Will surging registrations have a partisan effect this fall?


Here’s a story from the LA Times, “Voter registration trends appear to favor Democrats”. The story argues:

A look at the voter registration numbers in some battleground states suggests trends that appear to favor Obama.

Virginia, for example, has logged more than 300,000 new voters since the year began. The state does not record party affiliation, but it says that 41% of the new registrants are under the age of 25, and an additional 20% are between the ages of 25 and 34.

The influx of young voters, a core part of Obama’s voting coalition, is an encouraging sign for the Democratic nominee in a state that has not picked a Democrat for president in more than 40 years.

“This is exactly what we needed to do to change the electorate in Virginia in order to put Sen. Obama in a position where he could win the state,” said Steve Hildebrand, Obama’s deputy campaign manager.

In Nevada, another Republican state that Obama is trying to move into the Democratic column, Democrats outnumber Republicans by more than 80,000, according to figures posted by the state in September, before the voter registration deadline last Saturday. Four years ago, Republicans held a registration edge of 4,431.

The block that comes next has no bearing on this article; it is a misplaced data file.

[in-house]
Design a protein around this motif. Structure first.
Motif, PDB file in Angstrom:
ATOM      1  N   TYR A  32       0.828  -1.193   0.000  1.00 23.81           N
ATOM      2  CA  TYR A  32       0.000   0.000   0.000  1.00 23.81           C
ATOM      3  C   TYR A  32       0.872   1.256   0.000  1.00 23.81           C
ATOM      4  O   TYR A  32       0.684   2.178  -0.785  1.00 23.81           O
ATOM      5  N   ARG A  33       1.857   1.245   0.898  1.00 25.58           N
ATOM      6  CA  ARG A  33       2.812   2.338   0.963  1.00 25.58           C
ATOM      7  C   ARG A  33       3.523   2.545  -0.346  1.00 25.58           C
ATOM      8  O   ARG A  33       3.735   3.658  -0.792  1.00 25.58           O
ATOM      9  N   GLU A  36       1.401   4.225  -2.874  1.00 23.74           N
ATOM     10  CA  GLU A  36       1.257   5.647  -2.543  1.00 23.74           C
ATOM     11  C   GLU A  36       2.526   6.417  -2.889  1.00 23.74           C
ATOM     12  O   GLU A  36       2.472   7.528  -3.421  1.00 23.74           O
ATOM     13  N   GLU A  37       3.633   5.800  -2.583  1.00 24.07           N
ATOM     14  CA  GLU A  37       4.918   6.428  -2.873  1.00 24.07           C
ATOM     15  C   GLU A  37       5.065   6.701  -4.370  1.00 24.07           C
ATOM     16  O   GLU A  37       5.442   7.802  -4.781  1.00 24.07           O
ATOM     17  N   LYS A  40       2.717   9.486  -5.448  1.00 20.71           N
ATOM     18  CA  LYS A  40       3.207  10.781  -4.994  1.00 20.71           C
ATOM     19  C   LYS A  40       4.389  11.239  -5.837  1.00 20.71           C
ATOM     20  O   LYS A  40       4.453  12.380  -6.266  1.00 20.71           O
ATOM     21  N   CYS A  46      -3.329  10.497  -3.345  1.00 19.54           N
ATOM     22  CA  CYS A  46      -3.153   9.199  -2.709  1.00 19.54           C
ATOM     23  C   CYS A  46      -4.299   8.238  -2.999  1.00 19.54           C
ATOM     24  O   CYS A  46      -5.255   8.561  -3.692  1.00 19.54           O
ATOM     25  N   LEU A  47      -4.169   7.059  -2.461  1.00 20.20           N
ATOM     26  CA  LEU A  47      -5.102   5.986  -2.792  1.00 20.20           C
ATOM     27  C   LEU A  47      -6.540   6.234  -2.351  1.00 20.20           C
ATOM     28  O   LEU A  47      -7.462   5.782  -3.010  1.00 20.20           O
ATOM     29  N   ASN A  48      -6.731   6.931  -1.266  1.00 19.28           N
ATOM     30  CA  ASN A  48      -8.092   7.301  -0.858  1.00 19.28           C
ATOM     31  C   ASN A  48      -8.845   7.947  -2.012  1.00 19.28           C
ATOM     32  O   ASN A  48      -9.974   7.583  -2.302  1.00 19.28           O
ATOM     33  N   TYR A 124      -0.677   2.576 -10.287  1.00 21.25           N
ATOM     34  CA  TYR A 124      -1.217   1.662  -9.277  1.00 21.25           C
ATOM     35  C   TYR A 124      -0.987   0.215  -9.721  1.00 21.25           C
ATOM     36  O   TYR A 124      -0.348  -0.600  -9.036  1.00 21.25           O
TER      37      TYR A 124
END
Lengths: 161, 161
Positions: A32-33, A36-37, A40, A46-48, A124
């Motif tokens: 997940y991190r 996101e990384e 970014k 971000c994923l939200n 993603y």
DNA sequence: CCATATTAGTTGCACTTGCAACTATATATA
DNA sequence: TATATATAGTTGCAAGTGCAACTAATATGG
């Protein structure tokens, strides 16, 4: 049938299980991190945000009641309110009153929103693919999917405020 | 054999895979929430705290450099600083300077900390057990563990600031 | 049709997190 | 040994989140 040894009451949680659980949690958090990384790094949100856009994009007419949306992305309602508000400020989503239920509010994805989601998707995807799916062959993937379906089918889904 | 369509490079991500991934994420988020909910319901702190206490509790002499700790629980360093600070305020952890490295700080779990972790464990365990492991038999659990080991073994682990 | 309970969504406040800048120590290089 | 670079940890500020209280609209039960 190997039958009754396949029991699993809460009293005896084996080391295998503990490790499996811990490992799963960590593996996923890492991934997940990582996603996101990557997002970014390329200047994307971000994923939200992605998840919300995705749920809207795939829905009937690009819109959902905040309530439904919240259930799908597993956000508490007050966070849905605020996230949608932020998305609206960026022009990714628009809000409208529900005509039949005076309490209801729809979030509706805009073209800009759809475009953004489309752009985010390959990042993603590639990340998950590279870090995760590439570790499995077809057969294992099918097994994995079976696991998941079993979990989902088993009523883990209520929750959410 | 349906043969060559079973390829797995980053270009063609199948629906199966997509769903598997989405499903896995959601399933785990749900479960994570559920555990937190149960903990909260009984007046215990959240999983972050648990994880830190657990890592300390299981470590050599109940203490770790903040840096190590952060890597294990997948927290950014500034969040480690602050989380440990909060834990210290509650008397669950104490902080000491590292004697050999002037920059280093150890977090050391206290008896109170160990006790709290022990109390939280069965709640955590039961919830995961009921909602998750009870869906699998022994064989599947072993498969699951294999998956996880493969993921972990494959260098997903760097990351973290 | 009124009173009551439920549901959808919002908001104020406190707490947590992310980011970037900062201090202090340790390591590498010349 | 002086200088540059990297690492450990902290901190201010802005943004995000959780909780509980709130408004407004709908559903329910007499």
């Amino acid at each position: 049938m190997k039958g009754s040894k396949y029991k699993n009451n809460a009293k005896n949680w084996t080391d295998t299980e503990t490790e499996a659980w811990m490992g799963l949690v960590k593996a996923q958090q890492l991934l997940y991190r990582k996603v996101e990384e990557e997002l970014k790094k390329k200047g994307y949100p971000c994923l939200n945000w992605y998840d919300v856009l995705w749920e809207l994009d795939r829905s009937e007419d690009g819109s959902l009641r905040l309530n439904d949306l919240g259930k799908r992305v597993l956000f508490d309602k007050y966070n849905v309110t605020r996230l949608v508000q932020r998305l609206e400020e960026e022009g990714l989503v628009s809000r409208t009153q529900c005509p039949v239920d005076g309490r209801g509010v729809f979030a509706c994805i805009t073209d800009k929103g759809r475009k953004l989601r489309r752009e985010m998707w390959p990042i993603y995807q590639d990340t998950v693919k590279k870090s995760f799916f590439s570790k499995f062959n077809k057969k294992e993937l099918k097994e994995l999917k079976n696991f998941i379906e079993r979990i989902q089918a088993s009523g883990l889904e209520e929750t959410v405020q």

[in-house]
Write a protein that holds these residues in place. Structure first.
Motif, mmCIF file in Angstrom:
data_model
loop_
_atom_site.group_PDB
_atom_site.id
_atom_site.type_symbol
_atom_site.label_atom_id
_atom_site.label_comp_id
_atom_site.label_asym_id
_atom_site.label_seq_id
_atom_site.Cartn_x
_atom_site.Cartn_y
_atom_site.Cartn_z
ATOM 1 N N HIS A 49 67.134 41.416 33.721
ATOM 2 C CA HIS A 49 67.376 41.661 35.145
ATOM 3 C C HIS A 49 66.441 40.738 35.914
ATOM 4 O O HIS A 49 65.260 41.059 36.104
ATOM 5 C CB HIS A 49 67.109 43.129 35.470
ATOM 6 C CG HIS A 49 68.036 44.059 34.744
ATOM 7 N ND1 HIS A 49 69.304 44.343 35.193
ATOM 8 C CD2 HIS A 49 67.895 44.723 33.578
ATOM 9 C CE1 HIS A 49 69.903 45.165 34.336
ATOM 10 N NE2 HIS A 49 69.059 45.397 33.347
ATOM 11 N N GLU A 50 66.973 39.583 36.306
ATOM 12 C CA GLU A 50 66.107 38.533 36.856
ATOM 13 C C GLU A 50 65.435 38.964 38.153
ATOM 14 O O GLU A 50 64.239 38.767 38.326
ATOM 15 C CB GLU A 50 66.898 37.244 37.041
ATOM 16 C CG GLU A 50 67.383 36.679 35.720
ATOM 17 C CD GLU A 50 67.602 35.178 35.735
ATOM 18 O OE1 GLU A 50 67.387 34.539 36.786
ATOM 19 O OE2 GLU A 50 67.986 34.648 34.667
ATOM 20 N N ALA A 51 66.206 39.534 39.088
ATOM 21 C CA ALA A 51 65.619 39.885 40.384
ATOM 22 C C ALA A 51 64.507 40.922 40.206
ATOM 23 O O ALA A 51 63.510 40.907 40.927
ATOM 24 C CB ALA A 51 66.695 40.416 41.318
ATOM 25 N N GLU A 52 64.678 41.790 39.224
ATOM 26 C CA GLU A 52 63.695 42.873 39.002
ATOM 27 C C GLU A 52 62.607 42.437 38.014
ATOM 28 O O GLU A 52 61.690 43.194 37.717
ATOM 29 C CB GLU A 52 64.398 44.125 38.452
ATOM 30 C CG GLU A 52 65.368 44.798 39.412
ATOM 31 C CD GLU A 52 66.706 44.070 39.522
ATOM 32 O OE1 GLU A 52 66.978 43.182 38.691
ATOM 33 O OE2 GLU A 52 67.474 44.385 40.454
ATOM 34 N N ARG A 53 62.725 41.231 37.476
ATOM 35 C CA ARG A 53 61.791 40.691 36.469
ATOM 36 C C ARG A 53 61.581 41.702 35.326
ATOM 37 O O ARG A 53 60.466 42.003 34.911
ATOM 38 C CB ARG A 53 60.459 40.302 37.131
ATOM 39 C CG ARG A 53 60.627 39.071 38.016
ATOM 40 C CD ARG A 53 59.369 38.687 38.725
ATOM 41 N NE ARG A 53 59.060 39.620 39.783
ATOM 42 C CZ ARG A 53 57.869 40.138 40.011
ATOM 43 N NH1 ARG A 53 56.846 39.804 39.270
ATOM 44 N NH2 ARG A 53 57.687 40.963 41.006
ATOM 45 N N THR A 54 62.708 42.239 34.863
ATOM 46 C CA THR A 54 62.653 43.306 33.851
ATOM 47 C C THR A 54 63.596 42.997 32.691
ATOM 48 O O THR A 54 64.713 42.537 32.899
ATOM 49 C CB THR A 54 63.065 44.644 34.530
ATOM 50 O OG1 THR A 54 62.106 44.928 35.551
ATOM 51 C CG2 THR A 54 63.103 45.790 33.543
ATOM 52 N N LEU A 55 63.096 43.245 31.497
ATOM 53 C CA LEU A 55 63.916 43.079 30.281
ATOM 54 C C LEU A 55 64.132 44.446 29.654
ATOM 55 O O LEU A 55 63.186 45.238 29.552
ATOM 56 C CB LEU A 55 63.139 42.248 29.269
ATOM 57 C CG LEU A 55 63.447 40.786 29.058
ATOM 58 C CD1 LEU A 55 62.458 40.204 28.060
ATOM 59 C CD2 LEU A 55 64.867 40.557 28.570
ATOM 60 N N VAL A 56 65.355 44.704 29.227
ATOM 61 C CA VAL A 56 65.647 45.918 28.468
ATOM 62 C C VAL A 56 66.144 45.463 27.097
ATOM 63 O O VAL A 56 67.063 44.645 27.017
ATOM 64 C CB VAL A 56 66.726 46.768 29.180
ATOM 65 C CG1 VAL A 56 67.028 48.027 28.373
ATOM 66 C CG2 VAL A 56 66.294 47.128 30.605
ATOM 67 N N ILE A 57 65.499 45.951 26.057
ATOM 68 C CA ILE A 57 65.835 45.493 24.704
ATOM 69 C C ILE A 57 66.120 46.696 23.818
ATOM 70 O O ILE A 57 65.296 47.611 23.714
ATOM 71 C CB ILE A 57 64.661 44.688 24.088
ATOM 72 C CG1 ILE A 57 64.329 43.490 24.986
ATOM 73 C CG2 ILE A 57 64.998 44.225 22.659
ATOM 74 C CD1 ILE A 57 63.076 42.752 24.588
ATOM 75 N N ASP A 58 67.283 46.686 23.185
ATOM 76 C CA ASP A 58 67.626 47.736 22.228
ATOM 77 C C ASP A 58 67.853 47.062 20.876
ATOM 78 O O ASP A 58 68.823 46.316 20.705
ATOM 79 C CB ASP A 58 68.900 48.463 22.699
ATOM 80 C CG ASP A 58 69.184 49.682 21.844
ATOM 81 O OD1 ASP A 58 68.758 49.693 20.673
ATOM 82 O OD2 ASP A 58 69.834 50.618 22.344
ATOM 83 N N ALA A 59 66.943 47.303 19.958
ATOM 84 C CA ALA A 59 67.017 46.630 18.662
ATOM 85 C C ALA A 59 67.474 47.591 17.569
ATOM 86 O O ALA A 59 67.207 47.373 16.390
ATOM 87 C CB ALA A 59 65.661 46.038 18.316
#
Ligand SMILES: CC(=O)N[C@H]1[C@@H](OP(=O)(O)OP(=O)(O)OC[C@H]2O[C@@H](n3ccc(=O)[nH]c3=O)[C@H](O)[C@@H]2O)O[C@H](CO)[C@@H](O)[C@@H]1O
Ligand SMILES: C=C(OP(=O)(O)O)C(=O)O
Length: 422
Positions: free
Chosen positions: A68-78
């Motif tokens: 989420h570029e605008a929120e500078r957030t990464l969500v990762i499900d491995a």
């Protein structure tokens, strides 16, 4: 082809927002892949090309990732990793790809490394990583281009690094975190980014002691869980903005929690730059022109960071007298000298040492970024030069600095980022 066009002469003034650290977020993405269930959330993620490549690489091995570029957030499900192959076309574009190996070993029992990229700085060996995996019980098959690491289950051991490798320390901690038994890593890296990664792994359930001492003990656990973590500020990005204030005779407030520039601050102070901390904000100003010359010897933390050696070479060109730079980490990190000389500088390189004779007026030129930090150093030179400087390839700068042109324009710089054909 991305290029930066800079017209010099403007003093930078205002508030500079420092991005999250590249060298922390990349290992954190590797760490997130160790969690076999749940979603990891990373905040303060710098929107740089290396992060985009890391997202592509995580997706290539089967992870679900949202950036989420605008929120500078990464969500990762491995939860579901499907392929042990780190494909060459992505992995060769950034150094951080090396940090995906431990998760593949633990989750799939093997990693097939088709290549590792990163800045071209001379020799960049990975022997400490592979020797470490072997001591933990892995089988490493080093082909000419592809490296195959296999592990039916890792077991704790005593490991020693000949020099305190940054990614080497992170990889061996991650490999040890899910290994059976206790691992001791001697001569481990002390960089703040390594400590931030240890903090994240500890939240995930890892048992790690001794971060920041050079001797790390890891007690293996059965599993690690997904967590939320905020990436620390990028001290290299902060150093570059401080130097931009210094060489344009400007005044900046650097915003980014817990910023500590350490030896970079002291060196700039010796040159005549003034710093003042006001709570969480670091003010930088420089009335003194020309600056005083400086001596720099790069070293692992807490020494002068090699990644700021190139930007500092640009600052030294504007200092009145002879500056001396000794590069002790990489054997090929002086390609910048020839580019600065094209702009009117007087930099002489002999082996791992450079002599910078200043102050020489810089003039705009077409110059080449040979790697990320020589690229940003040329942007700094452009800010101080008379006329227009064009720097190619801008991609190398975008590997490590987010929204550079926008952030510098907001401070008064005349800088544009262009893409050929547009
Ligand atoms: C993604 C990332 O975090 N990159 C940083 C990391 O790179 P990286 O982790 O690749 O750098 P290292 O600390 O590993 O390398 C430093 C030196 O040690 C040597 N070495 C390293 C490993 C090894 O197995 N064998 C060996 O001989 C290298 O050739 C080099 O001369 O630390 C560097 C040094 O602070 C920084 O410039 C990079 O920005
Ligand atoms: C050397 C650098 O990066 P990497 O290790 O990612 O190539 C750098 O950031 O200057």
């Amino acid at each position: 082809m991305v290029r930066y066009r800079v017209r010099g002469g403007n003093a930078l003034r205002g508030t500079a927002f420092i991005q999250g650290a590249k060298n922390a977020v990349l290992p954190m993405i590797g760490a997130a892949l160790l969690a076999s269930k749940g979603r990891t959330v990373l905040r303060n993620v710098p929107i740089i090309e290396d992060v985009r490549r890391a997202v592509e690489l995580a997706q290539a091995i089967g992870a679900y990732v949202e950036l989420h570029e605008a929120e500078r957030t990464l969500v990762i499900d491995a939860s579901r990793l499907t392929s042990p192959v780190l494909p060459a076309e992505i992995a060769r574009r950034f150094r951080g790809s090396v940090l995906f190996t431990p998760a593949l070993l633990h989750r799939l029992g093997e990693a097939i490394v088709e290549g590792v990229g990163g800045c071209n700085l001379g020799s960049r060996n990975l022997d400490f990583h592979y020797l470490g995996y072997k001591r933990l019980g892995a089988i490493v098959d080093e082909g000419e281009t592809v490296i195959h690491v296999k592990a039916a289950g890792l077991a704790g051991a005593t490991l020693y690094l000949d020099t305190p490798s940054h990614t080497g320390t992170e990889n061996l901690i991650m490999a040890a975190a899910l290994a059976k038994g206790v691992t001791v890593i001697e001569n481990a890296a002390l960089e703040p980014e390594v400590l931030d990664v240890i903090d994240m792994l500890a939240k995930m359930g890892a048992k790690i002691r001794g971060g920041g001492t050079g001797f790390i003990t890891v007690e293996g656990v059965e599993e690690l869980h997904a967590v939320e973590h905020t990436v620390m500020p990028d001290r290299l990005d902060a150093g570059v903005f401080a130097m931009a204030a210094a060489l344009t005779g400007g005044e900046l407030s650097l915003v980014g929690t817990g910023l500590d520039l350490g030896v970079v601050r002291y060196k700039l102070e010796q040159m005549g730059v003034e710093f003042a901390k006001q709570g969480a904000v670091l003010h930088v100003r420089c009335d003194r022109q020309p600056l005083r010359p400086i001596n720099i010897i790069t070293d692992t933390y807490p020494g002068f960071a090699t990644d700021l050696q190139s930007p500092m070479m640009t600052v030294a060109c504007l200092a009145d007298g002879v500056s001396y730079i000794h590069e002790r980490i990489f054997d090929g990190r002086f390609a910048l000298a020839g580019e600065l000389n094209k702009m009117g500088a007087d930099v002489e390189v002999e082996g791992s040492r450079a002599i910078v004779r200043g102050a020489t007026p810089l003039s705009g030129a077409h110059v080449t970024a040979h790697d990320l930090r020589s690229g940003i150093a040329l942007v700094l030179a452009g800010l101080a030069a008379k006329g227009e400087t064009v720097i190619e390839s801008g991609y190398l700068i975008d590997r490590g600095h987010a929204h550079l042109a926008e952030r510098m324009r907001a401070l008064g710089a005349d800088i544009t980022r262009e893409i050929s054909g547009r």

Democratic registration has ballooned in Pennsylvania, presenting a challenge to Republicans who hoped to swing the state to their column. Obama’s party now outnumbers Republicans by nearly 1.15 million registered voters. In the 2004 election, the margin was about 580,000; in 2000, it was 486,000.

Here’s a similar story from The Washington Post, “Registration Gains Favor Democrats.” And the argument there was very much the same:

In the past year, the rolls have expanded by about 4 million voters in a dozen key states — 11 Obama targets that were carried by George W. Bush in 2004 (Ohio, Florida, Georgia, North Carolina, Virginia, Indiana, Missouri, Colorado, Iowa, Nevada and New Mexico) plus Pennsylvania, the largest state carried by Sen. John F. Kerry that Sen. John McCain is targeting.

In Florida, Democratic registration gains this year are more than double those made by Republicans; in Colorado and Nevada the ratio is 4 to 1, and in North Carolina it is 6 to 1. Even in states with nonpartisan registration, the trend is clear — of the 310,000 new voters in Virginia, a disproportionate share live in Democratic strongholds.

The key will be seeing to what extent the Democratic party can keep these newly registered voters excited and engaged in the campaign, and insure that they either vote early or get out to vote on Election day. If they are successful, and if the Republicans are also successful in getting their newly registered voters out this fall, we might see levels of voter turnout unlike we have seen in recent presidential elections.

One other issue regarding the surge in voter registrations is how that might be affecting pre-election polling; if there is a late-campaign surge for one party or the other in the mobilization of newly registered voters, we could see election outcomes that are divergent from the polls. So hold onto your hats, it might be a wild ride!